The Java 2 security model is policy-based and has superseded the sandbox/trusted approach of Java 1.1.
In Java 1.1 remote code (applets, for example) that was not trusted was constrained to the sandbox. If the remote code was signed and trusted then it could
access local resources.
Code Source:A combination of a set of signers (certificates) and a code base URLBy default, Java 2 uses a policy file to associate permissions with code sources
Security Policy File:A permission is the right to access a protected resource or guarded objectFor Java 2 permissions are specified in the security policy fileOnly one policy is in effect at a timeA policy file consists of a number of grant entriesEach grant entry describes the permissions (one or multiple) granted to a code source
Policy class - You can use java.security.Policy to create your own security policy.
The following are some of the classes in the java.security package:
CodeSource – This class extends the concept of a codebase to encapsulate not only the location (URL) but also the certificate(s) that were used to verify
signed code originating from that location.
KeyStore – This class represents an in-memory collection of keys and certificates. It manages keys and trusted certificates.
MessageDigest – The MessageDigest class provides applications the functionality of a message digest algorithm, such as MD5 or SHA.
Permission – Abstract class for representing access to a system resource.
Policy – This is an abstract class for representing the system security policy for a Java application environment (specifying which permissions are available
for code from various sources).
ProtectionDomain – The ProtectionDomain class encapulates the characteristics of a domain, which encloses a set of classes whose instances are granted the
same set of permissions.
Security – Centralizes all security properties and common security methods.
Given an architectural system specification, identify appropriate locations for implementation of specified security features, and select suitable
technologies for implementation of those features.
Exposure to threats can be mitigated by using:
AuthenticationAuthorization (ACLs)Protecting MessagesAuditing
Web tier authentication :
Basic HTTP – the web server authenticates a principal with user name & password from Web client
Form-based – lets developers customize the authentication user
HTTPS mutual authentication – the client and server use X.509 certificates to establish identity over a SSL channel.
EJB/EIS tier authentication:
For EJBs can use protection domains. Thus the EJB tier could entrust the web tier to vouch for the identity of users.
Put a protected web resource in front of a protected EJB resource
Have every web resource that calls an EJB resource route through a protected web resource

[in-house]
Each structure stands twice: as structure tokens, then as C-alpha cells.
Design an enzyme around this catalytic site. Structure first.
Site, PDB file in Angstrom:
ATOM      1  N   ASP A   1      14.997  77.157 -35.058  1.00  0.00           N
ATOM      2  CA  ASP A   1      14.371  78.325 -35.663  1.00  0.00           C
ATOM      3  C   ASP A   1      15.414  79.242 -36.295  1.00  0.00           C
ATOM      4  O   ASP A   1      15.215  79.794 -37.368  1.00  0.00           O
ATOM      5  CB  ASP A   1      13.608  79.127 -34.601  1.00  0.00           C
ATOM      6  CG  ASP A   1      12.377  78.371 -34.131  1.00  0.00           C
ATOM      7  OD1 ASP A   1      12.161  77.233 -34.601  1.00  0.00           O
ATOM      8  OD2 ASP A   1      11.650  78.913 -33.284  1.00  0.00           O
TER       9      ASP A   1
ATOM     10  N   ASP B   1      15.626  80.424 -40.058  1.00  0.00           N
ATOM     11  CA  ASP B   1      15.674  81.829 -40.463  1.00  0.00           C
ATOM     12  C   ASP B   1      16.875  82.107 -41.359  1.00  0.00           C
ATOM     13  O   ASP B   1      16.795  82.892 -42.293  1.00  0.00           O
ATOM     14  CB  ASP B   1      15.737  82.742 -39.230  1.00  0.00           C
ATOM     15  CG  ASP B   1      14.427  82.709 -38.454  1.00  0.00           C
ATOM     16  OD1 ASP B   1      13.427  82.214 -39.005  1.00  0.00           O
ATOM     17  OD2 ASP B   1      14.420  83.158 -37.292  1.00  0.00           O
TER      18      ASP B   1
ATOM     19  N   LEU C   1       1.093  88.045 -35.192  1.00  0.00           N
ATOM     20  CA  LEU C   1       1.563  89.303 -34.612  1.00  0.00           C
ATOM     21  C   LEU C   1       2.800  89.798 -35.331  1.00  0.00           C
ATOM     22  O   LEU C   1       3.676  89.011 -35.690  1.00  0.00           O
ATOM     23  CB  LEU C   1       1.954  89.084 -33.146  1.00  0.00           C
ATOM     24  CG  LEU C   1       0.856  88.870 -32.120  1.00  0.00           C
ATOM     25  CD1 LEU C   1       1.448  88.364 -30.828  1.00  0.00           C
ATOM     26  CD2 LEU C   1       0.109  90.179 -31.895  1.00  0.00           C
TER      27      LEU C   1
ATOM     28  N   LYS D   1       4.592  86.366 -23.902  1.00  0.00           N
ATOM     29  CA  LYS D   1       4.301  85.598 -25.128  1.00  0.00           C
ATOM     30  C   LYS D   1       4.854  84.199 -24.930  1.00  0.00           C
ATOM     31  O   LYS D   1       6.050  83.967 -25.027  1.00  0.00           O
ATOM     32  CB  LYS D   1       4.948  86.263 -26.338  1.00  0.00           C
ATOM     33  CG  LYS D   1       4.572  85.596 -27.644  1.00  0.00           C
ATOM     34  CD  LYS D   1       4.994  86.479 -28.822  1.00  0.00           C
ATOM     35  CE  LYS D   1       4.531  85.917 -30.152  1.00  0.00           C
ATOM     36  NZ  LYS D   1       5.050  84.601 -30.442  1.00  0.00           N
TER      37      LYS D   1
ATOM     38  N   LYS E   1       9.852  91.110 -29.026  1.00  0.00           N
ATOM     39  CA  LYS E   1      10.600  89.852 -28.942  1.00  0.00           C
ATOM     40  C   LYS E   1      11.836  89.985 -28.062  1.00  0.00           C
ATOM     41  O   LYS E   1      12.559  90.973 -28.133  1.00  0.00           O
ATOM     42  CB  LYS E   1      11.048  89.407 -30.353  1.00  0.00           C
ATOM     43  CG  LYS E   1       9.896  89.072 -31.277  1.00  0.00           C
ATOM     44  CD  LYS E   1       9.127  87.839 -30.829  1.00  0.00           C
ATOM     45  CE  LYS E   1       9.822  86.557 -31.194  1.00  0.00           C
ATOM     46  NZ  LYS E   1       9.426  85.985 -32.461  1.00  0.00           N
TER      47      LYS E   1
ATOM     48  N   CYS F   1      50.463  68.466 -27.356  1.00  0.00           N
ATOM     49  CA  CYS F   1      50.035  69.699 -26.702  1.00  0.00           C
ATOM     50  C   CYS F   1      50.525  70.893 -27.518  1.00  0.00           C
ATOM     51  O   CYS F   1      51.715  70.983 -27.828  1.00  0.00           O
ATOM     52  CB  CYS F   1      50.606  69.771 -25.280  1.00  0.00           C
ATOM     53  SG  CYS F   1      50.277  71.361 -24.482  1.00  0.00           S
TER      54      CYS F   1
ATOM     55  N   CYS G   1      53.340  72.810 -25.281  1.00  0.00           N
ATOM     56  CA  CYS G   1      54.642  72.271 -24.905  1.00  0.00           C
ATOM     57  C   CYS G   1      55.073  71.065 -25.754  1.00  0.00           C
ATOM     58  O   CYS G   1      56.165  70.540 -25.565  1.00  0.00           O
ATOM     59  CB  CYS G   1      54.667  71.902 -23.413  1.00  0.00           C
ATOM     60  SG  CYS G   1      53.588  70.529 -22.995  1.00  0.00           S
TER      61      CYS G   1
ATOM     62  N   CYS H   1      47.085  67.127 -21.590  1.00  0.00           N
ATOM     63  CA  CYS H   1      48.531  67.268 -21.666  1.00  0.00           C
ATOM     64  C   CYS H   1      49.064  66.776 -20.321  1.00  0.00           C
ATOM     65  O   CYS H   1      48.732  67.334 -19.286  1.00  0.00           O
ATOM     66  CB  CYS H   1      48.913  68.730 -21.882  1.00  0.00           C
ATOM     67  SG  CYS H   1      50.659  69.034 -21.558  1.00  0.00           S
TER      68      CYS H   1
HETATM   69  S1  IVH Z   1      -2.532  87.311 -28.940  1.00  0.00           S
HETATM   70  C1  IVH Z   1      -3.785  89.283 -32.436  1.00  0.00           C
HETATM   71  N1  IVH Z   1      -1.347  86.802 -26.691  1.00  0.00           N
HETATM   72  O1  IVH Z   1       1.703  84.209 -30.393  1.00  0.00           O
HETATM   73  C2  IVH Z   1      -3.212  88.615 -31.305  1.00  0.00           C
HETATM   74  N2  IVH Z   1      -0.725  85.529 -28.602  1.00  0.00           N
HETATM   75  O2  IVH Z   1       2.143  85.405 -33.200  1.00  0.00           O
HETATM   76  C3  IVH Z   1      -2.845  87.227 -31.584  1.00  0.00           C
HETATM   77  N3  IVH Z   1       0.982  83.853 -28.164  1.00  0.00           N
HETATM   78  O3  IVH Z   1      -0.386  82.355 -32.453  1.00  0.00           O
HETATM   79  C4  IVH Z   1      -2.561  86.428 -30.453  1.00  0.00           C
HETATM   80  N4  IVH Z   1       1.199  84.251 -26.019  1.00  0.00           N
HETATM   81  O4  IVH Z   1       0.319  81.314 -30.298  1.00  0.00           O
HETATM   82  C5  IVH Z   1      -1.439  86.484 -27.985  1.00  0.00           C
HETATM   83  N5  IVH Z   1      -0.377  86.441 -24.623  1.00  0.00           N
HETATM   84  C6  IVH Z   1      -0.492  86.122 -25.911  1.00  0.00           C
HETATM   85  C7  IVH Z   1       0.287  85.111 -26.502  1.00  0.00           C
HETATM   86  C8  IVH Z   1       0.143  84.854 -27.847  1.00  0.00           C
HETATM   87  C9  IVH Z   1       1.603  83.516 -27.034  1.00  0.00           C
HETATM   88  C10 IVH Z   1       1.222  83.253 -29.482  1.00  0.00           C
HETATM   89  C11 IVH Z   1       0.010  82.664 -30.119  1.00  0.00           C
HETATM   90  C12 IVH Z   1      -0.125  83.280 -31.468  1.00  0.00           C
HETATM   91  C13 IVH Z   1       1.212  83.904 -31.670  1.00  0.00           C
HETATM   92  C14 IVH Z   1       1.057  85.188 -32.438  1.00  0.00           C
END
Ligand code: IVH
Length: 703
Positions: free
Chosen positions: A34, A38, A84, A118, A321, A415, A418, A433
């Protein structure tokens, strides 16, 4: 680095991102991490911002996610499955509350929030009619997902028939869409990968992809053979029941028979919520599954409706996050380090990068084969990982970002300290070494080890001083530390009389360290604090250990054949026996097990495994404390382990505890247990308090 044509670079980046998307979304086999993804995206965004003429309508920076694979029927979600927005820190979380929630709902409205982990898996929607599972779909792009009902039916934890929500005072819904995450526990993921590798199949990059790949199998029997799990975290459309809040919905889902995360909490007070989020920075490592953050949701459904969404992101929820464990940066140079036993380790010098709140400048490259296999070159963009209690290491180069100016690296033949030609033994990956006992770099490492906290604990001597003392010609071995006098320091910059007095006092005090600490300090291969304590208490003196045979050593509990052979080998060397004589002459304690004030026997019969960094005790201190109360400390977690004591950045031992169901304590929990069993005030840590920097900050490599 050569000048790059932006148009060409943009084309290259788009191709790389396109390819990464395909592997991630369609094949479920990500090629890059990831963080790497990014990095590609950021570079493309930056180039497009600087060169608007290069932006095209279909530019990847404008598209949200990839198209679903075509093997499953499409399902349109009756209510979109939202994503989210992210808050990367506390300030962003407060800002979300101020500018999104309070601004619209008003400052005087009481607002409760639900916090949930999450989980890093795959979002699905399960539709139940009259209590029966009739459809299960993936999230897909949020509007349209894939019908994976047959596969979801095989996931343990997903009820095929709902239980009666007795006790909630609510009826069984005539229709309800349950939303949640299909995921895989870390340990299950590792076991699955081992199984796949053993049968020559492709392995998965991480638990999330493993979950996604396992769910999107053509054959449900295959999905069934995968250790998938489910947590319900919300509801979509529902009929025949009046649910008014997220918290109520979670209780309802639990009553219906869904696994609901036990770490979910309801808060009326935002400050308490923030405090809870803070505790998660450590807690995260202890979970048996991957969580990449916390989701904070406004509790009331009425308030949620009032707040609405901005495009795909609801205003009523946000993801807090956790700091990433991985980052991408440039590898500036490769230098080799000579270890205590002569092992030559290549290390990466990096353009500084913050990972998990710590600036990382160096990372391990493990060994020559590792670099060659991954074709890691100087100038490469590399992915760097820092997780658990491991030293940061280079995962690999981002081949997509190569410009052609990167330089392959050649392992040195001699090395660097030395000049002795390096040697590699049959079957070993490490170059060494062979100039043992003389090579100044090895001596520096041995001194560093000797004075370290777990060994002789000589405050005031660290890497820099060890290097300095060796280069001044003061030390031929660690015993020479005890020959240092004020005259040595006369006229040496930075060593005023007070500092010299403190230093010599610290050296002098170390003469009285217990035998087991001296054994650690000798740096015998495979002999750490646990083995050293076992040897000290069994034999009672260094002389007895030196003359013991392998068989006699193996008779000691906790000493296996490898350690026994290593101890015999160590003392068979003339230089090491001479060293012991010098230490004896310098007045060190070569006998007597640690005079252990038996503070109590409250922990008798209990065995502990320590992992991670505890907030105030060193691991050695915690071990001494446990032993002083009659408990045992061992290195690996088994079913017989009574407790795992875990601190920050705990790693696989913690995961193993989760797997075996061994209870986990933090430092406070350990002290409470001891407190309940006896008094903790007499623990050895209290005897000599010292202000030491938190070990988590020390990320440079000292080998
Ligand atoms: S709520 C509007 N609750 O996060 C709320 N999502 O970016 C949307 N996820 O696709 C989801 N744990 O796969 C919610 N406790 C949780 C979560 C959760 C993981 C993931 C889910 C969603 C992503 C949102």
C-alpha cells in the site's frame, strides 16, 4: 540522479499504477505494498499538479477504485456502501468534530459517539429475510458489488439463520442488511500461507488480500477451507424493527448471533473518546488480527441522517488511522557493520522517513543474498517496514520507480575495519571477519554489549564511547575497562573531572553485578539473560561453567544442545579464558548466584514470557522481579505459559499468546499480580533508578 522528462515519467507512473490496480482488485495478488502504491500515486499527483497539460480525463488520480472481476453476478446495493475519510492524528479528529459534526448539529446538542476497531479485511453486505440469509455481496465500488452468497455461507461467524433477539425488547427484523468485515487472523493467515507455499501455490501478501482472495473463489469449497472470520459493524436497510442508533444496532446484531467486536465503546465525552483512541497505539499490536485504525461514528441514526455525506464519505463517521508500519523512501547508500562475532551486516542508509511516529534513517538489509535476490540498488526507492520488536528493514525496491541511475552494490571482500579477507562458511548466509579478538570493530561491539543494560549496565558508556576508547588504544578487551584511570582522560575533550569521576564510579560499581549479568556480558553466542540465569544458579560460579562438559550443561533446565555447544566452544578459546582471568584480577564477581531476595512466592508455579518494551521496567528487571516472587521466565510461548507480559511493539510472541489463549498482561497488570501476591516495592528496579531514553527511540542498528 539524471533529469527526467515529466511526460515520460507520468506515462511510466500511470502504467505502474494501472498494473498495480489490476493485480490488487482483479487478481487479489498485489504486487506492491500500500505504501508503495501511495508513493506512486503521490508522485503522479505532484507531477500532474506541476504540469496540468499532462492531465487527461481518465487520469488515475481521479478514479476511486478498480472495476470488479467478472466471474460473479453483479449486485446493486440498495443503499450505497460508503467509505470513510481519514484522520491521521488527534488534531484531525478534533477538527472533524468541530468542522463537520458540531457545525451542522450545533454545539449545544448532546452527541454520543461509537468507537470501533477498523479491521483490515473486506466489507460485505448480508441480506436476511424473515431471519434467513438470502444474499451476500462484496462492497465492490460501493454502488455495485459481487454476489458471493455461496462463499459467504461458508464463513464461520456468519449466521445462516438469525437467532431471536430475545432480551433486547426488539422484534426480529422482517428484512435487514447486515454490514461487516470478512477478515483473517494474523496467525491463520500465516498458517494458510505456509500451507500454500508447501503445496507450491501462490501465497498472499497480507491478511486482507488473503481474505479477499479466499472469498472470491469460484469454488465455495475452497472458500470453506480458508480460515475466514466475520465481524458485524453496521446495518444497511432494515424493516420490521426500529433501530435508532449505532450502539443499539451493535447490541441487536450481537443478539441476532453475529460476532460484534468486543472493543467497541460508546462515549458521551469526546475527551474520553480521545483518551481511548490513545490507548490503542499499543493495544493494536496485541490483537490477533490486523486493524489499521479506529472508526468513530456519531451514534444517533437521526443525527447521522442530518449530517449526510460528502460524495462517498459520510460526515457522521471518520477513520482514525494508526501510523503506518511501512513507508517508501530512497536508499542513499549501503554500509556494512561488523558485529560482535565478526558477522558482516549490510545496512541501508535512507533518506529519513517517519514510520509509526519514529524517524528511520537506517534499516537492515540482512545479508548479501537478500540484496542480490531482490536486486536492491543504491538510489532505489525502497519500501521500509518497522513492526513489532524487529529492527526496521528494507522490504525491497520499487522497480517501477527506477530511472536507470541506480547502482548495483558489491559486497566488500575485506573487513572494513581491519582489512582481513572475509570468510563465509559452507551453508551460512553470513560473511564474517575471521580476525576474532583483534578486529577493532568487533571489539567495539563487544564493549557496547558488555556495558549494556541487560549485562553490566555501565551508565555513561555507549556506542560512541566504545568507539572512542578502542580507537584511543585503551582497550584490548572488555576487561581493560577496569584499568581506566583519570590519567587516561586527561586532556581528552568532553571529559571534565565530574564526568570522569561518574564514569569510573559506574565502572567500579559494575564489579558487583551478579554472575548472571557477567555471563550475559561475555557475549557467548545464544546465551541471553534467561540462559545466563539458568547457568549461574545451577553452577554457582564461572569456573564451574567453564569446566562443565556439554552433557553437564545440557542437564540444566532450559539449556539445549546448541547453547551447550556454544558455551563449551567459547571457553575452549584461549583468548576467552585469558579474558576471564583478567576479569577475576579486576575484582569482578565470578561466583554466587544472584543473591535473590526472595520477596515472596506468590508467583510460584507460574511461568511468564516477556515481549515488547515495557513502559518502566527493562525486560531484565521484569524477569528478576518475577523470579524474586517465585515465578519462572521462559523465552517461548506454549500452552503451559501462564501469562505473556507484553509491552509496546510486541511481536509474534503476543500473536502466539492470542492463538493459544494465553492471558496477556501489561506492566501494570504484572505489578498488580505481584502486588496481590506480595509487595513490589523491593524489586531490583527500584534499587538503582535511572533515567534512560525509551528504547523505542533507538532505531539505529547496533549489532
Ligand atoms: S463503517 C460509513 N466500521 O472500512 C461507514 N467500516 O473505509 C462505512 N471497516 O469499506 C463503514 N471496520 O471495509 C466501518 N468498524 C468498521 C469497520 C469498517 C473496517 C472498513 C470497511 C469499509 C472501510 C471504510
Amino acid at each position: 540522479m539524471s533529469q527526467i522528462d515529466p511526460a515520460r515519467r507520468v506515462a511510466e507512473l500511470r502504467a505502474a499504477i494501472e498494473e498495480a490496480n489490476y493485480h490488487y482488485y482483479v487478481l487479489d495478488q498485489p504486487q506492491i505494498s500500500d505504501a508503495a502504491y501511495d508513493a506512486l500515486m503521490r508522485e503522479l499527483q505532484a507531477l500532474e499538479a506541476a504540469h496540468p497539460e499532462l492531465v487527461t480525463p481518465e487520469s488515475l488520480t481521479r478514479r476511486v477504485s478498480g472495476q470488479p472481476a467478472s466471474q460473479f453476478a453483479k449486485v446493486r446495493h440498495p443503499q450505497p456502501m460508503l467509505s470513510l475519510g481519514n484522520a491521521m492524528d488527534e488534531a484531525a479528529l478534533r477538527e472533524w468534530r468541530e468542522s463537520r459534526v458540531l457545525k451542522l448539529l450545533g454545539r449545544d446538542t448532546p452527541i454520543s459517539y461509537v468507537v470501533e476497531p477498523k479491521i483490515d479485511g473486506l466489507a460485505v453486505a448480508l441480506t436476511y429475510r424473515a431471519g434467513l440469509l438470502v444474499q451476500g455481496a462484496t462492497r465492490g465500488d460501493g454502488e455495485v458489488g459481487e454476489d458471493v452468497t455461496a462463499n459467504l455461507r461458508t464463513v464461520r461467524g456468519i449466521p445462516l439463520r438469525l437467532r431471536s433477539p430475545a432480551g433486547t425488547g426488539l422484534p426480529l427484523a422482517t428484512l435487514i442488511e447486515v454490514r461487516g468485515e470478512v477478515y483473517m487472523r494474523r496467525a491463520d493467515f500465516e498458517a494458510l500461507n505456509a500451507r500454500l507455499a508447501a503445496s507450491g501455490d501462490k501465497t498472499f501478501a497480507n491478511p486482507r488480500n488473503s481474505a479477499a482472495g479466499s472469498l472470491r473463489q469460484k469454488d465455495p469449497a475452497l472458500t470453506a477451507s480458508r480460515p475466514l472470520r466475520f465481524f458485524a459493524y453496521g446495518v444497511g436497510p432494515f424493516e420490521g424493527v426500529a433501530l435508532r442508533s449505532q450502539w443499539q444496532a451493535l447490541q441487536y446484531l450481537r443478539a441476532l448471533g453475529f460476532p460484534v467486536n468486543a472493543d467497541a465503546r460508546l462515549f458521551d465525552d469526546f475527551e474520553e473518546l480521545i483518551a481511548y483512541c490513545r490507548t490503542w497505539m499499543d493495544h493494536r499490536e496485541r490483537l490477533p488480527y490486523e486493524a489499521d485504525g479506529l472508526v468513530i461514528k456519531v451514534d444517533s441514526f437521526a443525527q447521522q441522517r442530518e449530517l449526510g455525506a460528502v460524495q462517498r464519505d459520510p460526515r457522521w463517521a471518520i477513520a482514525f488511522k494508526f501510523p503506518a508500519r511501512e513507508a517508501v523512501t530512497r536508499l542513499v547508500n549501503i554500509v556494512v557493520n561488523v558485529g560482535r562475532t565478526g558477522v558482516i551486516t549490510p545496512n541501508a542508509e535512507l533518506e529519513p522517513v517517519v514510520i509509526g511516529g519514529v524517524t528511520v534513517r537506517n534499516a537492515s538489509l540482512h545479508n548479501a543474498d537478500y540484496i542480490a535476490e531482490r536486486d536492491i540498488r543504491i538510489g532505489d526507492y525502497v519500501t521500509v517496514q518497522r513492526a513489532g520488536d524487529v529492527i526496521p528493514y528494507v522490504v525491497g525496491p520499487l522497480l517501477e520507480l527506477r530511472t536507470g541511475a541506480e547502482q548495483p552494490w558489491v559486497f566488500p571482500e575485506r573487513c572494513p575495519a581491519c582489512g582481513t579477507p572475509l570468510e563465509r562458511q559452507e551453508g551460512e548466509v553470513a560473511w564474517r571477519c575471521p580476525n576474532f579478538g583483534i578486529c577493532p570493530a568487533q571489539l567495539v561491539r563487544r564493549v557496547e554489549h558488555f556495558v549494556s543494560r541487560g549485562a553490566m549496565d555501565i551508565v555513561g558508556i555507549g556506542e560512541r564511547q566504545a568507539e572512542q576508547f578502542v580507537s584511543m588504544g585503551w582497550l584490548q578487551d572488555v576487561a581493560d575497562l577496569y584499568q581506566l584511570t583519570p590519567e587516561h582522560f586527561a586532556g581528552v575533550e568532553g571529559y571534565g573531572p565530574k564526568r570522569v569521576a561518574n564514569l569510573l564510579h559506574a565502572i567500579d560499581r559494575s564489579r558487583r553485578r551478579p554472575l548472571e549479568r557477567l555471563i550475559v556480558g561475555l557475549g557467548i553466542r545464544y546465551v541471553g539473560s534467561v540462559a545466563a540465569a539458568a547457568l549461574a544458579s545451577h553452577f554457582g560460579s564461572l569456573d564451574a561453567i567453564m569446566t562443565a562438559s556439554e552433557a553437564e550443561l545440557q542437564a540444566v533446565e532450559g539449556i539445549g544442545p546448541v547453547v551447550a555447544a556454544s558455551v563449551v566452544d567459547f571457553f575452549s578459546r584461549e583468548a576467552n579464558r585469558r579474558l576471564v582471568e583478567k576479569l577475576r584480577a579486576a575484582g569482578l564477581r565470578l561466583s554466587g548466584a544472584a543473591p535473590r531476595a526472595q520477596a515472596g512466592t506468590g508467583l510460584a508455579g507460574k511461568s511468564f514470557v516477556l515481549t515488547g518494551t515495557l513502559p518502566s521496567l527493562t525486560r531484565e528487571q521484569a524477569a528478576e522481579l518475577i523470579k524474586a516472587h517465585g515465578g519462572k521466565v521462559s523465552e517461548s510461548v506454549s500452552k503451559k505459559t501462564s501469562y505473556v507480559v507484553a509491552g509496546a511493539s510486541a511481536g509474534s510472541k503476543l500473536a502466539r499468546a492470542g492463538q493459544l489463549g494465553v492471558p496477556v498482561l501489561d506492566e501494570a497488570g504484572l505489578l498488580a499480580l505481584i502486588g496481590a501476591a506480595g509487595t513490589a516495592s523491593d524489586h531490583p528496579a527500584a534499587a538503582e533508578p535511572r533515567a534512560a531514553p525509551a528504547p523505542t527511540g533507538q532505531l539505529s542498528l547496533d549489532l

For access to EIS tier resources authentication is usually carried out by the component accessing the EIS resource.
You can have the container manage the EIS resource authentication or have the app do this itself.
In J2EE a container serves as an authorization boundary between callers and its components. The authorization boundary is inside the authentication boundary
so authorization occurs within the context of successful authentication.
For component to component invocations inside the container the calling component must make its credentials available to the called component.
You can have file-based & code-based security in J2EE.
Access control policy is set a deployment time.
Controlling access to resources in the container (deployment descriptor)
To control access to web resources, specify constraint in the deployment descriptor.To control access to EJB, specify roles in the deployment descriptor.You can specify methods of the remote & home interface that each security role is allowed to invoke
To ensure message integrity you can use:
Message signature – a enciphered digest of the message contents (costly in terms of CPU cycles)
Message confounder – ensures message authentication is useful only once
A deployer must configure the containers involved in a call to implement integrity mechanisms either because the call will traverse open or unprotected
networks or because the call will be made between components that do not trust each other.
When security is breached it is usually more important to know who has been allowed access than who has not.
Audit records need to be well protected – tapes or logging to a printer vs disk drive
Basic Services:• Block incoming data that might contain hacker attack.• Hide information about topology of the network. Make it seems like all requests come from one IP address.• Screen outgoing traffic.